Solutions that are hard to understand are hard to execute. Projects grow longer when they’re complicated, tallying time, energy and additional manpower. 

That threatens your go-live date, your carbon neutral commitments and your health and safety promises; in an already constrained live environment, you don’t want more people on the ground than necessary. 

Complexity costs you time
2020’s pandemic has shown how quickly needs can change. Suddenly, huge swathes of people were working from home, spending more time online. Data center capacity requirements increased tenfold. 

Here, complexity slows you down. Simplicity supports the growing demand on data because it’s faster to upskill a simple supply chain than a convoluted, disjointed one. 

Difficulty can be lost in translation
It’s challenging to integrate and brief a team when the job at hand is difficult to grasp. 

Add cross-cultural differences into the mix and the effect is compound. Simplicity translates well across culture, location and linguistic capabilities. Which makes it easy to do your job, adhere to health and safety measures, protect yourself and fellow staff.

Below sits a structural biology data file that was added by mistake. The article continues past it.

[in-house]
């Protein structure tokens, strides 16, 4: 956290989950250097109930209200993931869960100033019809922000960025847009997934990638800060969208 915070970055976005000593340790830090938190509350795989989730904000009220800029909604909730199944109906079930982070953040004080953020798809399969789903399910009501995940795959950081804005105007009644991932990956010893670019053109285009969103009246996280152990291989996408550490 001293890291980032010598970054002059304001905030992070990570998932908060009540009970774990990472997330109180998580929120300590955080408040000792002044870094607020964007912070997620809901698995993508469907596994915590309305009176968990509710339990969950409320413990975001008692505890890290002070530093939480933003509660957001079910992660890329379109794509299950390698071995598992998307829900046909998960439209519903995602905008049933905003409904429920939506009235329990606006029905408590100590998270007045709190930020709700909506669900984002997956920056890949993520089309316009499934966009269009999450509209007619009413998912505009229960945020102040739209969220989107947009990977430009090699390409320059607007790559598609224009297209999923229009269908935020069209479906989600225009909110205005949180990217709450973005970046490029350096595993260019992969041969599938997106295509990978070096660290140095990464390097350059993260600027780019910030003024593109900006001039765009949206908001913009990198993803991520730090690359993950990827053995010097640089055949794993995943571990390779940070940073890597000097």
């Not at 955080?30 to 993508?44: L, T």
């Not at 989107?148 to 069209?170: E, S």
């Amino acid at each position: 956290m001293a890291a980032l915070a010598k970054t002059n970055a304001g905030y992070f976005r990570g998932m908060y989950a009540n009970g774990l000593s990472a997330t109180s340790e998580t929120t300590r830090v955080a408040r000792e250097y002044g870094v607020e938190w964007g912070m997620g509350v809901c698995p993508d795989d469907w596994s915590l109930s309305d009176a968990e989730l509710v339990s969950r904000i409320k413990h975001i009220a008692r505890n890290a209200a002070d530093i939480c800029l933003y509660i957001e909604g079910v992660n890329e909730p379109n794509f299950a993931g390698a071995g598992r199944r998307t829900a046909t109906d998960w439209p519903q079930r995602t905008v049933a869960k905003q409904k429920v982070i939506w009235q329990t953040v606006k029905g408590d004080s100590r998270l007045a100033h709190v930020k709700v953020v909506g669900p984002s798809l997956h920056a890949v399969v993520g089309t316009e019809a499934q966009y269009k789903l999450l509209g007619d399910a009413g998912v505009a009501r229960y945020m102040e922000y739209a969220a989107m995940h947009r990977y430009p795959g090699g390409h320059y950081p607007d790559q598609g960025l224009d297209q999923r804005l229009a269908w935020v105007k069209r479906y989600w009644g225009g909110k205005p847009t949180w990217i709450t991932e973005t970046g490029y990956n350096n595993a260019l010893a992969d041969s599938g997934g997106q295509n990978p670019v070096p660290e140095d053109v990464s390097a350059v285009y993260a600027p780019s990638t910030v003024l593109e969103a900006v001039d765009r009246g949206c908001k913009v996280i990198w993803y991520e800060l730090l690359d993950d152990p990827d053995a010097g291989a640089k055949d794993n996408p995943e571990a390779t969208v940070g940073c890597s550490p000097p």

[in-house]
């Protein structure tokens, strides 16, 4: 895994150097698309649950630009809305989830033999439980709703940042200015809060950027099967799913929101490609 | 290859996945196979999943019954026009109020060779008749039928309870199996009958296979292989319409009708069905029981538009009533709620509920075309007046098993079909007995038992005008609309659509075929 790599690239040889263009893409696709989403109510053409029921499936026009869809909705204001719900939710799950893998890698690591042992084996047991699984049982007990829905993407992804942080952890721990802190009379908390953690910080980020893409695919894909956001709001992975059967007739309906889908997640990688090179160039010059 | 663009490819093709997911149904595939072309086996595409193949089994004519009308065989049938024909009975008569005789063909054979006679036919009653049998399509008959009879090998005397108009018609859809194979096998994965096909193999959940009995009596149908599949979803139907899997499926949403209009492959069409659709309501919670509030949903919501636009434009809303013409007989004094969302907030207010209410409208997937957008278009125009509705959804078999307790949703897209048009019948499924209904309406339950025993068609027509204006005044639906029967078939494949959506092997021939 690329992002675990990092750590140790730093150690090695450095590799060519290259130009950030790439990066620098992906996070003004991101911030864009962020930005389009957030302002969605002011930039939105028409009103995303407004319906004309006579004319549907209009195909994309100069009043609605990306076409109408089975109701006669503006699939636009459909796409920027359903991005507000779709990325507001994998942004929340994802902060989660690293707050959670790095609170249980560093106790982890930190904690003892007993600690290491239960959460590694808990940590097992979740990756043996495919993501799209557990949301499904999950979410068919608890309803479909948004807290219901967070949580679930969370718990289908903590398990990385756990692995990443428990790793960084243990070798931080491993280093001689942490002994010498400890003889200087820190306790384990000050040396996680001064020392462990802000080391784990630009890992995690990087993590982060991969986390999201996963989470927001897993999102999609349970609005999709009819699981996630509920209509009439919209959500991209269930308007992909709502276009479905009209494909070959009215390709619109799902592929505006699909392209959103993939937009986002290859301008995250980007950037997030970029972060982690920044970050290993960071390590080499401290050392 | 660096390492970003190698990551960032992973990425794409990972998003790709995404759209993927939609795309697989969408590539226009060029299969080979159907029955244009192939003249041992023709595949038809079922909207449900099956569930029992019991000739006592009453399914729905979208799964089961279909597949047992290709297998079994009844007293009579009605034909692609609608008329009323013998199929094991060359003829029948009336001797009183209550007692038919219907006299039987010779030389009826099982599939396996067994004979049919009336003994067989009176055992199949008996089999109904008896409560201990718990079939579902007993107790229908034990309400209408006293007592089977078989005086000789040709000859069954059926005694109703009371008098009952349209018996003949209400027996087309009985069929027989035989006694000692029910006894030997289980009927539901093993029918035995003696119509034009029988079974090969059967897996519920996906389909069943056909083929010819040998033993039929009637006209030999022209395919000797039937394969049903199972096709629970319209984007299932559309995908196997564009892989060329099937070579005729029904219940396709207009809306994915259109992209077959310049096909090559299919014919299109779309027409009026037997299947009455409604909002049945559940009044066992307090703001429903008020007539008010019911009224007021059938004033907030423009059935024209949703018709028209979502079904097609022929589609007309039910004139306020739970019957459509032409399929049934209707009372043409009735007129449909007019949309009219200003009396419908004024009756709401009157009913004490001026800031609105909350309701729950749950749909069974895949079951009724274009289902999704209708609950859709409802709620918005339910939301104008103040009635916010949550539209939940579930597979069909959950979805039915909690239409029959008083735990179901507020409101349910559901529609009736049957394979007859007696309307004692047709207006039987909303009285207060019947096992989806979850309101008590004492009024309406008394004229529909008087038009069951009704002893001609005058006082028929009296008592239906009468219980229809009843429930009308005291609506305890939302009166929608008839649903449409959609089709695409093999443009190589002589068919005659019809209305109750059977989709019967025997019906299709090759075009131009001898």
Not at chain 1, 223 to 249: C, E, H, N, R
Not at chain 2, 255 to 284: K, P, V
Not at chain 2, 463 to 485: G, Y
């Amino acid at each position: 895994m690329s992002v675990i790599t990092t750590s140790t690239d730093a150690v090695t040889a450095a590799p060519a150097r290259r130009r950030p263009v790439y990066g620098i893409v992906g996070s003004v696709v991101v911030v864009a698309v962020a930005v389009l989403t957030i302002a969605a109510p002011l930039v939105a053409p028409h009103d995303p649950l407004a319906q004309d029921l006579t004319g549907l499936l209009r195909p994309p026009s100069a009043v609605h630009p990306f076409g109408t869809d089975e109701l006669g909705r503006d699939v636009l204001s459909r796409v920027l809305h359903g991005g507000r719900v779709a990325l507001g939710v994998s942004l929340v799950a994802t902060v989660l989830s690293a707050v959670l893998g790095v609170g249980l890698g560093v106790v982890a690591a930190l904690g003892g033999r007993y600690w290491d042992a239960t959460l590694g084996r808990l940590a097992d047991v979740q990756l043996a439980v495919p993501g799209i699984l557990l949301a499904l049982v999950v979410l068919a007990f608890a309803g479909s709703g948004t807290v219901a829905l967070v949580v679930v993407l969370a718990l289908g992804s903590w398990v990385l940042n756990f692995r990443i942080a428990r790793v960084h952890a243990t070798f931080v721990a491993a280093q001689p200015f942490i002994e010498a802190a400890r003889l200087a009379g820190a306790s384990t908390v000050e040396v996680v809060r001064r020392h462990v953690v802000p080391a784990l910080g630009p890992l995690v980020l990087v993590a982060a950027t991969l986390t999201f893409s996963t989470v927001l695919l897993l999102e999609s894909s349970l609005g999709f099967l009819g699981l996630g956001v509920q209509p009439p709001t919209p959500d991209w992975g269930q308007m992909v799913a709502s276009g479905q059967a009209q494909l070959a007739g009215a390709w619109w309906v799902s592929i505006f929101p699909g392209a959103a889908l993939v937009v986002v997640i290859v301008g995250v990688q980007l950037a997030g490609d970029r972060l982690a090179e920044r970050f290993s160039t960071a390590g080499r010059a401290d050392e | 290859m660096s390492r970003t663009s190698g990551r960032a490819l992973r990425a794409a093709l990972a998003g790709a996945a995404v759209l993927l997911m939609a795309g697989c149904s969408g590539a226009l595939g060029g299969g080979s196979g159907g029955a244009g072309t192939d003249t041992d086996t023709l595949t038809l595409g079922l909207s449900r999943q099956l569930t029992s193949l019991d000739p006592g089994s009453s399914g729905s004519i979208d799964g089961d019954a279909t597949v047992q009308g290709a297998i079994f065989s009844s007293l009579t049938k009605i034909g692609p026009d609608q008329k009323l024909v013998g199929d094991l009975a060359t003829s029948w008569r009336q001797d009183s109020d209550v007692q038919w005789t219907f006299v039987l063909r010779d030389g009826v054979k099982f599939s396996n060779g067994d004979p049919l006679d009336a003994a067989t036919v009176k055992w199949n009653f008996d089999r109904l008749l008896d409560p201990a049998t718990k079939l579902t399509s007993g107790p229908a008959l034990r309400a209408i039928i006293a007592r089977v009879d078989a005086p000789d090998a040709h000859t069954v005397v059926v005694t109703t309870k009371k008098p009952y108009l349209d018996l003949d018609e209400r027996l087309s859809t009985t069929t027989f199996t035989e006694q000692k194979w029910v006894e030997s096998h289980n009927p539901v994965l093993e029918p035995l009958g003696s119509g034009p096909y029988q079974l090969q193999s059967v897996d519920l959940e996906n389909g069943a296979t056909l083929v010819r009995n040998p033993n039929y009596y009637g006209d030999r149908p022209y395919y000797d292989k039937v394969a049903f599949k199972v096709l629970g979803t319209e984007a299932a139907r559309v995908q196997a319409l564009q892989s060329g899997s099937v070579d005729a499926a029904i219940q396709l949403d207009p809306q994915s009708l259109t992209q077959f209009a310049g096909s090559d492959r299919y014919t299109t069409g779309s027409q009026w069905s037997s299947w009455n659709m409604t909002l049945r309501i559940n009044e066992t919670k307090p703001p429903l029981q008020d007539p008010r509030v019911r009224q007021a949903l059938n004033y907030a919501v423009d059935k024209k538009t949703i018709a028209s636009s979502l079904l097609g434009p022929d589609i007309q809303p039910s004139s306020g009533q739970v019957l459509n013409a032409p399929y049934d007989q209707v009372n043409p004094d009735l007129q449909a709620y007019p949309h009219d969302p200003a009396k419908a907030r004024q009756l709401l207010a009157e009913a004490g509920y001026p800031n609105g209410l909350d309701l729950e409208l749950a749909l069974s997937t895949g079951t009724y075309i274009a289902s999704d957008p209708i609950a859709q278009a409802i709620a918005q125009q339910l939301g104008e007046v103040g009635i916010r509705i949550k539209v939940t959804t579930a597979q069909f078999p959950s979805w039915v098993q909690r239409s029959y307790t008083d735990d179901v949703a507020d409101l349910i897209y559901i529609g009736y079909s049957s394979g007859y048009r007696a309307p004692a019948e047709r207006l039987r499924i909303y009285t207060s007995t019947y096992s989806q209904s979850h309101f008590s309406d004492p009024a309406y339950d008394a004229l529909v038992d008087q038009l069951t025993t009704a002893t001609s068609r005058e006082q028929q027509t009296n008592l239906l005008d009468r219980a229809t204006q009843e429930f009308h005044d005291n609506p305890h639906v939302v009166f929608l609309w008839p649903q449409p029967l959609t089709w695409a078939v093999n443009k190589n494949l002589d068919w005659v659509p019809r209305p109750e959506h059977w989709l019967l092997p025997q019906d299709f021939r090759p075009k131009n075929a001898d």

Championing simplicity at Yondr
From laptops to Royal Enfield Bullets, I’m now going to take you to Lego. My final analogy. 

One of the ways Yondr has embraced simplicity is to prefabricate data center components offsite, deconstructing the complex infrastructure into Lego blocks in controlled expert locations, ready to be assembled. 

Operating in a remote, resource-constrained environment, we knew onsite delivery needed a simple format. 

So we removed the complexity from the local area and gave it to the complexity experts in alternative factory locations. Working to a modular design, components were then delivered in Lego-like blocks that could easily be reassembled on site. 

The effect was a building site where blocks are simply fitted together, reducing time, complexity and cost.

Imagine a future where these blocks reside in crucial locations around the globe, ready for deployment at a moment’s notice. Each block talking to the other through a single connection when it’s carefully slotted into place. Simplicity and speed at your fingertips. 

For most people, buying a laptop is less about the deep tech spec and more about usability: will it do what I need it to do? We expect it to come with high-end security, shelf-life and durability. But the ‘how’ behind those assurances? We trust the experts to have done their job. 

We deliver this level of simplicity for our clients. You shouldn’t have to wrap your head around an engineer’s love of complexity. Just wheel in your racks.

The events that transformed the DC industry
At the beginning of the century, data storage was an analogue affair. Photo albums contained precious memories, a ringbinder held monthly bank statements, and when the boss asked you to share a document with him, you’d navigate to the office filing cabinet for a paper copy.